While the problems of the world agricultural system are out of our hands, our work is one piece of a global solution to eradicating hunger. By focusing on post-harvest food capture, rather than highly technical yield increases, we are helping smallholder developing-world farmers compete when the deck is stacked against them.

Brianna is a senior Environmental Studies and Geography major at Macalester College, currently interning at CTI.

CTI recently attended the 2012 Norman Borlaug Dialogue, sponsored annually by the World Food Prize Foundation in Des Moines, IA. Researchers, the private sector, non-governmental organizations came together to discuss the challenges of the global food system, and to explore partnerships that can make a positive difference. United Nations Secretary General presented this year’s World Food Prize to Professor Daniel Hillel, the Israeli scientist who is responsible for inventing drip irrigation, a practice which has greatly improved food production in arid areas around the world. Drip irrigation is a technology that has allowed farmers to use water to plant roots through small holes in pipes with a controlled amount of water, a method which reduces water loss and helps plants to absorb water more efficiently.

CTI Advisor Alexandra Spieldoch with Dr. Daniel Hillel, 2012 World Food Prize Laureate; and Danielle Nierenberg, Director of the Nourishing the Planet project at the Worldwatch Institute

From CTI’s perspective, thinking outside of the box to develop comprehensive solutions as exemplified by Professor Hillel is critical. Today, 870 million people are under-nourished and one out of six people are chronically hungry. With current food stocks low and global food prices high, UN officials are warning that there may a major hunger crisis in 2013. We need thoughtful action and we need to act quickly.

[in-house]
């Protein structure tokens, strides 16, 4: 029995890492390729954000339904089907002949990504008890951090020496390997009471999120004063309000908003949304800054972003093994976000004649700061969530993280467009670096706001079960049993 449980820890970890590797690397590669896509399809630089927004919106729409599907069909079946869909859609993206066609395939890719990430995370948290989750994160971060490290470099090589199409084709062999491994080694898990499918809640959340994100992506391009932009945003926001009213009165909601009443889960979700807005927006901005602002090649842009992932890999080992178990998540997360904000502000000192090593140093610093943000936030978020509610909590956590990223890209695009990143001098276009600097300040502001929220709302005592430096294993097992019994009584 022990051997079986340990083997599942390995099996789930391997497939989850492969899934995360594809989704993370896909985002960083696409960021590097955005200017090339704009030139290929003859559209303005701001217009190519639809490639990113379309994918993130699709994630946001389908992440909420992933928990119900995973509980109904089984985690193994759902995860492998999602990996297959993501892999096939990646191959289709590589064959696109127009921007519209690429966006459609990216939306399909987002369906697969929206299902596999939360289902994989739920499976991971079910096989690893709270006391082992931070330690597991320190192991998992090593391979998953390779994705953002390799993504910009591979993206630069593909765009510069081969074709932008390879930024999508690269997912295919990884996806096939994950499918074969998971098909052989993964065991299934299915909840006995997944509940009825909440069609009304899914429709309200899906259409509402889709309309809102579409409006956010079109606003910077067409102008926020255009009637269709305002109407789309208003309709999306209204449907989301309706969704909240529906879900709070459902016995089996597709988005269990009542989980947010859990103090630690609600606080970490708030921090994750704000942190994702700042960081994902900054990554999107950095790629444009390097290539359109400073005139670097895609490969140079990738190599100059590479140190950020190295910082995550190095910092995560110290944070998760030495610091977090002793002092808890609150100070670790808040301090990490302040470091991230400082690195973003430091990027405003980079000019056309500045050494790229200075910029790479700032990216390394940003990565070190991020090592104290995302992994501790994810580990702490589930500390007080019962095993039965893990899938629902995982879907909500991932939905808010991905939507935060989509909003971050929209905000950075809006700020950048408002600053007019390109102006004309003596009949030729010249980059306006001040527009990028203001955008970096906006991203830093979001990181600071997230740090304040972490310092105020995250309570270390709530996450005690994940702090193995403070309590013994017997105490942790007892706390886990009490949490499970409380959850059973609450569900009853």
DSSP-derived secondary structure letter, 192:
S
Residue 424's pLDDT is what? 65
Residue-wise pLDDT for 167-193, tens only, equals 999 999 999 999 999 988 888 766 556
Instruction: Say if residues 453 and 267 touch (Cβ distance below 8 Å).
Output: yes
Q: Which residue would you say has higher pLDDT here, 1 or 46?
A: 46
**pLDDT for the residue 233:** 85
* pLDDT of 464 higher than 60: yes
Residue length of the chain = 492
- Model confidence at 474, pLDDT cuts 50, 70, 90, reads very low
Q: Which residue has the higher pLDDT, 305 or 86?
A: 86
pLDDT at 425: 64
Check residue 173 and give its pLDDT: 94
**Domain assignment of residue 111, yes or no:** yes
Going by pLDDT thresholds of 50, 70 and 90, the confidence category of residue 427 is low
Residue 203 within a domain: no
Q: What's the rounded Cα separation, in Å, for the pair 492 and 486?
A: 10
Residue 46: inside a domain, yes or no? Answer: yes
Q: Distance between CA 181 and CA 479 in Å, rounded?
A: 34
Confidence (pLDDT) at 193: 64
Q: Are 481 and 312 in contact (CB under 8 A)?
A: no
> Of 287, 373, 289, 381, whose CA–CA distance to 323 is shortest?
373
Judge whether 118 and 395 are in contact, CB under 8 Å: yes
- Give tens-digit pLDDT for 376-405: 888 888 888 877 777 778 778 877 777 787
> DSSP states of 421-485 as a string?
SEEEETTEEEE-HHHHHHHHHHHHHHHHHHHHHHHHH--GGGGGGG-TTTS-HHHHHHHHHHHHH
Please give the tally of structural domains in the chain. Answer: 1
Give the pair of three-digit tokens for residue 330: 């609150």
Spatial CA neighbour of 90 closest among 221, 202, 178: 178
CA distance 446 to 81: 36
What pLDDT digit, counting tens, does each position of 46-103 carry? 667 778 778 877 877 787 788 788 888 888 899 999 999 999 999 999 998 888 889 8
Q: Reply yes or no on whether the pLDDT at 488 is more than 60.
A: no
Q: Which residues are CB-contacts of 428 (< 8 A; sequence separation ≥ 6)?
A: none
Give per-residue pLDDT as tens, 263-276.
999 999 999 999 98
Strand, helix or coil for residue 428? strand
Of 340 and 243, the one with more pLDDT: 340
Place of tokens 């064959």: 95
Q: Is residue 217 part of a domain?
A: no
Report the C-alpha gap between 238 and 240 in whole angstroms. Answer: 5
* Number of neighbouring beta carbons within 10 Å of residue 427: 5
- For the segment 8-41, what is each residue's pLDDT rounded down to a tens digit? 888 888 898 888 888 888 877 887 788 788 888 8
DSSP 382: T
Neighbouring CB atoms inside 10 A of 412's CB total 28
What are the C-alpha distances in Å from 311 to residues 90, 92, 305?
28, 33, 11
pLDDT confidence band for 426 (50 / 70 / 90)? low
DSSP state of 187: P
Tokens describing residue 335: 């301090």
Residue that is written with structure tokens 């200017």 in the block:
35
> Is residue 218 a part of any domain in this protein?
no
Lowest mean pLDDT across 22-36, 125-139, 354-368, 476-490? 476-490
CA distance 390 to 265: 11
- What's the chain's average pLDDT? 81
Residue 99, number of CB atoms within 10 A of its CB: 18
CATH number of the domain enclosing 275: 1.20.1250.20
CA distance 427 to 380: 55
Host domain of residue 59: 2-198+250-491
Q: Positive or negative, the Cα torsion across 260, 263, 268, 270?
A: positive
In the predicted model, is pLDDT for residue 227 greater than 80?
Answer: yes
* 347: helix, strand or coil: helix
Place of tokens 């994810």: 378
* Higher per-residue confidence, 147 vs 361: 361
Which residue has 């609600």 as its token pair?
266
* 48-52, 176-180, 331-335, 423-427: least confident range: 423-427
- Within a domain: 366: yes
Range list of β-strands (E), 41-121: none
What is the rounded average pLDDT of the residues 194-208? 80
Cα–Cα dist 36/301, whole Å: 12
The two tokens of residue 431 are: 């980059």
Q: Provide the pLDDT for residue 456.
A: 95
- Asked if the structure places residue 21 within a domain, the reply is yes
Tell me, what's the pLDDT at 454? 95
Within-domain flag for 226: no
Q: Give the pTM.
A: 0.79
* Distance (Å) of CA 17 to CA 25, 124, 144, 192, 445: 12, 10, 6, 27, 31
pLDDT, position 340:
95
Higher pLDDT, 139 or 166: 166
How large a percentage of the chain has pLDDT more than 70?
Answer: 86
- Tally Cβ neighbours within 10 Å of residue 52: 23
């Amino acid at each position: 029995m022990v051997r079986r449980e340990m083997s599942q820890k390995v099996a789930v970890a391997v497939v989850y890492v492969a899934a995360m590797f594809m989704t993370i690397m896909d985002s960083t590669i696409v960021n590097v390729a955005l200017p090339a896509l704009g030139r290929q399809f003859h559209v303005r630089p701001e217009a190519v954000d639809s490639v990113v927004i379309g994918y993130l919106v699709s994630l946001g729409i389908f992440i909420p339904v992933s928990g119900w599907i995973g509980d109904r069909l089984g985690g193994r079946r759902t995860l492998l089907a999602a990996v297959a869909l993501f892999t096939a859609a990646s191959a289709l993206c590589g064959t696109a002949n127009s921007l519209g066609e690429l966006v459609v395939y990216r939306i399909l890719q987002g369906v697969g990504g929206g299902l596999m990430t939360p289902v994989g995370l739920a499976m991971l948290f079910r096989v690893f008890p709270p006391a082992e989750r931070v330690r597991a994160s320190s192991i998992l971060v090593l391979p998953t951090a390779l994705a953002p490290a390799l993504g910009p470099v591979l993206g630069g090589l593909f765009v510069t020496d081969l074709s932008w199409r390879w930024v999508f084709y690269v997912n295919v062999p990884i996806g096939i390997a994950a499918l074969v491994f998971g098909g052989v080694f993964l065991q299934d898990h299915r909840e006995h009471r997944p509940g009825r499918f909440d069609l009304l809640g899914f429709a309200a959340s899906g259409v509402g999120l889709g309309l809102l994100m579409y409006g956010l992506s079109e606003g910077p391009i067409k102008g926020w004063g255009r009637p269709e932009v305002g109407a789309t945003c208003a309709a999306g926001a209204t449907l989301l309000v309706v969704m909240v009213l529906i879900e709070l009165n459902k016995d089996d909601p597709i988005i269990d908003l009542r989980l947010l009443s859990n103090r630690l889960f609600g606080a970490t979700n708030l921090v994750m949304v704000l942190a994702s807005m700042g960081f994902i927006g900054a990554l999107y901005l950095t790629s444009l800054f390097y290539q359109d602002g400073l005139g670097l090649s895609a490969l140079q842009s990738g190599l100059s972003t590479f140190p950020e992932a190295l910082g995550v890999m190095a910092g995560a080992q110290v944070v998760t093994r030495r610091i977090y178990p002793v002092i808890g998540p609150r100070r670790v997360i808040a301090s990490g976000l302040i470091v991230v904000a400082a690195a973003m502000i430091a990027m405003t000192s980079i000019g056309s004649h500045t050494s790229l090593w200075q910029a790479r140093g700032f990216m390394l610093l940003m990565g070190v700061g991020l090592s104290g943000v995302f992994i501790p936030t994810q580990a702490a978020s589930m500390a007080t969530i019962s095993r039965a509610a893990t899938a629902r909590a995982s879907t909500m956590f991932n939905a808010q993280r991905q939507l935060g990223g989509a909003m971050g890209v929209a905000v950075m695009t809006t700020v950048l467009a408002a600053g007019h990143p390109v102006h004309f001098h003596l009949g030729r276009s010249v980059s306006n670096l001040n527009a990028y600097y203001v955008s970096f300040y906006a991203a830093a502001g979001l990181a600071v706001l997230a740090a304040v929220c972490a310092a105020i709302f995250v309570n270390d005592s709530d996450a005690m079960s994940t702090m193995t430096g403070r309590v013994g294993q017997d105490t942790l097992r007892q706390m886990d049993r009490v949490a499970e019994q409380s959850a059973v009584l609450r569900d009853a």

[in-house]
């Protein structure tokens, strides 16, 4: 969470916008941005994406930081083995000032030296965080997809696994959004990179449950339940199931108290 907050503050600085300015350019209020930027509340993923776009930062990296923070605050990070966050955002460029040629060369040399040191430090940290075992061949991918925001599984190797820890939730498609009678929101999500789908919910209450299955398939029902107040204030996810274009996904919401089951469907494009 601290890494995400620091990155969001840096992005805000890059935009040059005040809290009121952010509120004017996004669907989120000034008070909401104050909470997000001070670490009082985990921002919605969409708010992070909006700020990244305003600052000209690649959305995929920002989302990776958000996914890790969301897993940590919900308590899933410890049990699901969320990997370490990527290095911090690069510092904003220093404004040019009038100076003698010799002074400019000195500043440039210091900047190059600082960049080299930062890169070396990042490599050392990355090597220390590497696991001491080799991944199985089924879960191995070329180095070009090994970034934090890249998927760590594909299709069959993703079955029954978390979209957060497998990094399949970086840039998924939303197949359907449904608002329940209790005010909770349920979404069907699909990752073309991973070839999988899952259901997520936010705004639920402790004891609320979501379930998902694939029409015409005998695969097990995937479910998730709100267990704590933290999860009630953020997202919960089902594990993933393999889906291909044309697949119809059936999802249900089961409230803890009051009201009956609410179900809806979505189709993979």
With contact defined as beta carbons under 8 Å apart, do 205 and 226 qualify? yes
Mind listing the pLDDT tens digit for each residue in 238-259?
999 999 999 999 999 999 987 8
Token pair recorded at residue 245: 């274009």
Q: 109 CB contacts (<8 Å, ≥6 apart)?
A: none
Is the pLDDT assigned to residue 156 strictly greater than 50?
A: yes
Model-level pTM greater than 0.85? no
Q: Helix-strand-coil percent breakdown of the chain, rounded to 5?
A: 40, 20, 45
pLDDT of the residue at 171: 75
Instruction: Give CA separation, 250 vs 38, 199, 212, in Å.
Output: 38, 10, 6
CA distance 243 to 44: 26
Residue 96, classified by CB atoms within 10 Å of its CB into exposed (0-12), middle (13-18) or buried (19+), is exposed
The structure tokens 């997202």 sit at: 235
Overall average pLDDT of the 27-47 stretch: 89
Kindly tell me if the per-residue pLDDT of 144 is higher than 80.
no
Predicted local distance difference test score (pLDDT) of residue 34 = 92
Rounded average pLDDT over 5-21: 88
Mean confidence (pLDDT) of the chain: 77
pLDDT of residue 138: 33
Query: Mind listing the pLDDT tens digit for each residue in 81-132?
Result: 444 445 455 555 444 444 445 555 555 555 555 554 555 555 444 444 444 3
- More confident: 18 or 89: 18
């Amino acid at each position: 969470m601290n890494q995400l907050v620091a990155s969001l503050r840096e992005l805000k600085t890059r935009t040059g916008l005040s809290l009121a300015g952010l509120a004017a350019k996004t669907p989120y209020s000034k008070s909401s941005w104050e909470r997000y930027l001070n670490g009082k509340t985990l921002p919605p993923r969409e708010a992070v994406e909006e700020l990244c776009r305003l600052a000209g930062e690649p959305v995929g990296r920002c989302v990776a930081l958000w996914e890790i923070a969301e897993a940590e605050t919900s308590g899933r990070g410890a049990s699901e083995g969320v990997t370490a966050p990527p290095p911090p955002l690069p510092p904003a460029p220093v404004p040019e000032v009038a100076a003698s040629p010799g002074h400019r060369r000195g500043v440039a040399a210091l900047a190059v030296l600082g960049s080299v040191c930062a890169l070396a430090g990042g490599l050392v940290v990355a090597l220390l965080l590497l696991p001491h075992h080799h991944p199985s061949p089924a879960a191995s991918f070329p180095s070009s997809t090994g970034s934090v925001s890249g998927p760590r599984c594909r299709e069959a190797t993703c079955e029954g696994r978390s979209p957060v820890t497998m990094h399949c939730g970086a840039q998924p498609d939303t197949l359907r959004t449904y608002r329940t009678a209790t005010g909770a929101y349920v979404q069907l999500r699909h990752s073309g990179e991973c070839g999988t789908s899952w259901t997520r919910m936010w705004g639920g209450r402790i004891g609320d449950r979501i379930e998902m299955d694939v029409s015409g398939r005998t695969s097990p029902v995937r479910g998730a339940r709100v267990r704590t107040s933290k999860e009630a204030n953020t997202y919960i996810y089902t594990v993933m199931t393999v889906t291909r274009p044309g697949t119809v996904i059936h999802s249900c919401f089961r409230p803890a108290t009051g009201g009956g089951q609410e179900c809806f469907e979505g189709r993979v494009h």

At the Norman Borlaug Dialogue, Jane Karuku, President of the Alliance for a Green Revolution (AGRA), stressed the need to ‘get back to basics.’ Real local solutions are not complicated, but require innovative business models if they are to truly have a positive impact on the rural poor. One major challenge is that the private sector and public institutions are not connected to grassroots farmers. As a result, nutrition suffers among the vulnerable groups who need it the most.

Innovation, including technologies to improve production as well as post-harvest technologies like the ones that CTI is developing, testing and scaling out, is essential. Unfortunately, support for post-harvest work has only been about 3 % of agricultural funding overall. Much of the conversations that took place at this event were focused ways to reduce post-harvest losses for large-scale production. CTI was a lone voice advocating for low-cost, appropriate technologies for reaching the poorest of the poor. We are unique in our approach to reduce loss while empowering farmers who are otherwise off the grid.

CTI’s technology solutions support responsible value-chains that are invested in local and regional markets. Here, the public and private sector at varying levels can play a significant role on ensuring that low-cost appropriate technologies have a positive impact on the rural poor. Better indicators are needed to ensure that market development fits in with a holistic understanding of local leadership in achieving food security and poverty reduction.

Leadership at all levels cannot be stressed enough. We need a coordinated effort among a mix of stakeholders to create an enabling environment that will make a difference. This includes investing in technology solutions through public-private partnerships and grassroots leaders, working closely with women leaders to turn the tide.

Though the obstacles are great, CTI is optimistic because there is more attention to cooperation than ever before. There is also more attention given to working with smallholder producers, particularly women, together to achieve development from the bottom-up. Leaders are recognizing that long-term commitments to agricultural development are what are most needed. And, there is political will among developed and developing country leaders to work more closely together. CTI understands the challenges as well as the opportunities and is ready to do its part.

Alexandra Spieldoch, Senior Advisor – Strategic Partnerships

Alexandra Spieldoch is an independent consultant and a Senior Advisor on Strategic Partnerships with Compatible Technology International with research, advocacy and leadership experience pertaining to gender, food security and sustainable development.